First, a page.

Spinning Dreams of Long, Long Ago: Spindles and Spinning Wheels

Members of the Lorain County Historical Society demonstrate the use of a flax wheel (left) and a walking wheel (right), 1889. Courtesy of LCHS via Ohio Memory.

Long before the advent of written history, humans were using sticks to spin fibers together into long strands, which could then be twisted into rope or knitted or woven into cloth or net. Flax, wool, cotton, or other materials were secured to the stick, and the stick was sent spinning while dangling from the spinner’s hand. Fiber was then fed out of the hand, where it picked up twist and joined in building threads for weaving or knitting.

A woman identified as Mrs. Frazar sitting next to a spinning wheel, via Ohio Memory.

As technology advanced, so did the tools used for spinning, but their function remained the same: each added twist to raw fiber in order to produce strong, continuous thread. Ohio Memory has images of a number of the tools that have been used in spinning, tools similar to what is on the market today. One such example is the drop spindle. Drop spindles are the oldest tool used for spinning, and are made with some sort of stick – the shaft – and a weight, or whorl, which aids in the continuous spinning necessary for twist. Drop spindles may have the whorl at the top or the bottom, and they may also have a hook at the top to help hold the fiber in place. This drop spindle, from Zoar, is likely bottom-whorl; the yarn, which is still wound on the spindle, would have been spun from the top with the whorl at the bottom. Due to their portability, drop spindles continue to be popular with spinners today, who sometimes say that wheels may be faster by the day, but spindles are faster by the year. In other words, one can spin fiber more quickly while sitting at a wheel, but the wheel can only be used while sitting, while some spinners use their spindles while walking, riding in the car… just about anywhere!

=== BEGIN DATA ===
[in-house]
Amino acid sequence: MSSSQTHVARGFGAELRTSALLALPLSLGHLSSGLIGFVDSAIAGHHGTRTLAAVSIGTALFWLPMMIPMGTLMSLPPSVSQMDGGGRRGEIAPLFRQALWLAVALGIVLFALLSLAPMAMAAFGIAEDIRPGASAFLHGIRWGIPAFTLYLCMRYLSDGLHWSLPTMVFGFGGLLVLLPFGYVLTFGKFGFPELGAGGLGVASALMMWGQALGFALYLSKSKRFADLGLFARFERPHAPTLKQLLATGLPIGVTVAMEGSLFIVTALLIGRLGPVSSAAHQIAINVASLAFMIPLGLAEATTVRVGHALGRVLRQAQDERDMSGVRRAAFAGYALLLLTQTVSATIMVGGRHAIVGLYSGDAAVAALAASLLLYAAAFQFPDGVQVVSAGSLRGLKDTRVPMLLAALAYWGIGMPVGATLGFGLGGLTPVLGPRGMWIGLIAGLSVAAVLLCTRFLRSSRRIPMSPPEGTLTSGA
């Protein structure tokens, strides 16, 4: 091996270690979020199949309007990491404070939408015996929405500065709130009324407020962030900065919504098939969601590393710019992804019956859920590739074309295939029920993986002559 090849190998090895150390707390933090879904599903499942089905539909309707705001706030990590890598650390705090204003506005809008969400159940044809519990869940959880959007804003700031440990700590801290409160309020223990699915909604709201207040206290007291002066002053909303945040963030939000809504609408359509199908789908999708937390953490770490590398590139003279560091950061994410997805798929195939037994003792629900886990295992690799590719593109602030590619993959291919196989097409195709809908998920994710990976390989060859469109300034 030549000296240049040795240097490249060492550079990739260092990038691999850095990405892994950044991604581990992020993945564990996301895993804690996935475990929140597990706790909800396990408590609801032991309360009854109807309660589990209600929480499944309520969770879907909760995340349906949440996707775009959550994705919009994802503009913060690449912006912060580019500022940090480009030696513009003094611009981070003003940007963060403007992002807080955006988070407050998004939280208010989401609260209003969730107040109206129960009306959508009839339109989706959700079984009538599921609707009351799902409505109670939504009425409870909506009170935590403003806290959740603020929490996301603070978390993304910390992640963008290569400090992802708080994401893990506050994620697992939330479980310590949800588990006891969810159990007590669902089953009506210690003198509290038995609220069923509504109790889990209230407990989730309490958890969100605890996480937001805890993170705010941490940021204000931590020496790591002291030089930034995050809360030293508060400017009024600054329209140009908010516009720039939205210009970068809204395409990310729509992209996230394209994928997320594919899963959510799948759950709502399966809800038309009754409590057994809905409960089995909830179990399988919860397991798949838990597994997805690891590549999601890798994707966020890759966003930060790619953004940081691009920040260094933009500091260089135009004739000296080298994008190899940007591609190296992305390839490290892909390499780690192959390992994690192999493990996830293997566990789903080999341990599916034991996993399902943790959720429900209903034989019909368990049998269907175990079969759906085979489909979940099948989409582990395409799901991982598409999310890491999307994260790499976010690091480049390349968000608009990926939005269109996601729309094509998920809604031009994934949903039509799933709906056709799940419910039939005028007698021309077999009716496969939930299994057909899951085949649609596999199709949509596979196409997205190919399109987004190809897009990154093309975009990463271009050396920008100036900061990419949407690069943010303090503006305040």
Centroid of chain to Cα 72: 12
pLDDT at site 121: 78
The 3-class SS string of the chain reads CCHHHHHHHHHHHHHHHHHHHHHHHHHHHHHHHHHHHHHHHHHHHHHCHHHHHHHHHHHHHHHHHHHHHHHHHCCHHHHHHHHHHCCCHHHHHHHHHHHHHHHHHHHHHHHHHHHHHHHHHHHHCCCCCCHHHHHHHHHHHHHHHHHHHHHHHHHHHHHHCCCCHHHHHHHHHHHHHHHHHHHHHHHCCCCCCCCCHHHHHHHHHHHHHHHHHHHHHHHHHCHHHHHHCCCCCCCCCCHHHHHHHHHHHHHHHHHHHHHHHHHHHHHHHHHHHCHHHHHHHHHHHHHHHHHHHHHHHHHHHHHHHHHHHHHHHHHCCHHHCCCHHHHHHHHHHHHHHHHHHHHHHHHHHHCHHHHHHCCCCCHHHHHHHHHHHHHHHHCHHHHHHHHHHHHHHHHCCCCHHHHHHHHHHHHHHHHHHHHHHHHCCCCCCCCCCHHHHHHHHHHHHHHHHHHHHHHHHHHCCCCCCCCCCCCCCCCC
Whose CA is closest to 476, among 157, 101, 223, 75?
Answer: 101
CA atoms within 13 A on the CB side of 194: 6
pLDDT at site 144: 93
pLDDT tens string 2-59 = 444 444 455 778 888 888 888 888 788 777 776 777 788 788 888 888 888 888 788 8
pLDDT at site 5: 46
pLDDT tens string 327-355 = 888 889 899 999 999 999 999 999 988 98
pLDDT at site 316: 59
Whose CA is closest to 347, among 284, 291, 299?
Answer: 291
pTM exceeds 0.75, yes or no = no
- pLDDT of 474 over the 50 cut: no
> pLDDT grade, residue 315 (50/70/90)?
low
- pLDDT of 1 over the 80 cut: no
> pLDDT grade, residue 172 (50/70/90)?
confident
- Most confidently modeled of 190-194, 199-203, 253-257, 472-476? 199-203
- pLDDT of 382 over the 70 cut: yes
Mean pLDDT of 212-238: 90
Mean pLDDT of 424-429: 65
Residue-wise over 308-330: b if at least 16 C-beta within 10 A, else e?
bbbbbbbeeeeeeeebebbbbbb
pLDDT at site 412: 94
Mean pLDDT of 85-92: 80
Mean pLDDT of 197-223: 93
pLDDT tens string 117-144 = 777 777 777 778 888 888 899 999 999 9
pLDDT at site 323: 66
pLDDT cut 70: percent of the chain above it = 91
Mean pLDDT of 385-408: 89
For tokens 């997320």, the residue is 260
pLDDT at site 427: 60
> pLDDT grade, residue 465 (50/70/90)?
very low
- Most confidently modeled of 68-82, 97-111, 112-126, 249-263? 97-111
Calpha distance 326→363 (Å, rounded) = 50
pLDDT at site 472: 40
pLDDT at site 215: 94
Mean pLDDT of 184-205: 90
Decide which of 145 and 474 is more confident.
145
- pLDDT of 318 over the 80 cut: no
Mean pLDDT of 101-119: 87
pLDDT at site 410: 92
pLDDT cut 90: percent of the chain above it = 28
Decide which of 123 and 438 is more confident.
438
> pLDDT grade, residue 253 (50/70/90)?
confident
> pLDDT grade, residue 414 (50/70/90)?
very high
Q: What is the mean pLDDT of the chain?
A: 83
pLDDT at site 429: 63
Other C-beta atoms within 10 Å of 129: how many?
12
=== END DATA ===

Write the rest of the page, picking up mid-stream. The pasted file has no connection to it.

Drop spindles are a good choice for fibers that tend to be sturdy and to grab onto themselves, such as wool. For more slippery fibers – silk, for instance, or plant fibers – a supported spindle is often a better tool; this example, also from Zoar, shows a spindle that is supported by a small tray. Fiber was attached to a leader – a scrap piece of yarn – at the top, with the rest of the fiber supply being held by the spinner. The leader would twist, grabbing and twisting the new fiber as it was drafted out, spinning the new fiber into yarn or thread. This is a similar method as the drop spindle, with the difference being that drop spindles literally “drop” from the spinner’s hand and are dependent upon the fiber holding them aloft, while supported spindles don’t drop and, thus, don’t require the same grabbing characteristic in the fiber that drop spindles do.

Most likely, when you think of spinning, it is the wheel that comes to mind. Spinning wheels are a newer invention, most likely dating to 500-1000 C.E. and originating in Asia. According to Early American Life magazine (June 2009), “Sometime between 500 and 1,000 A.D., probably in India, someone turned a spindle on its side and shaped the weight or whorl into a pulley and connected it by a band to a drive wheel.” Indeed, all spinning wheels require these three components: a spindle and drive wheel which are joined by a pulley. From there, however, designs and options vary.

Walking spinning wheel used by the Nutt family of Centerville, Ohio. Courtesy of the Centerville-Washington Township Historical Society via Ohio Memory.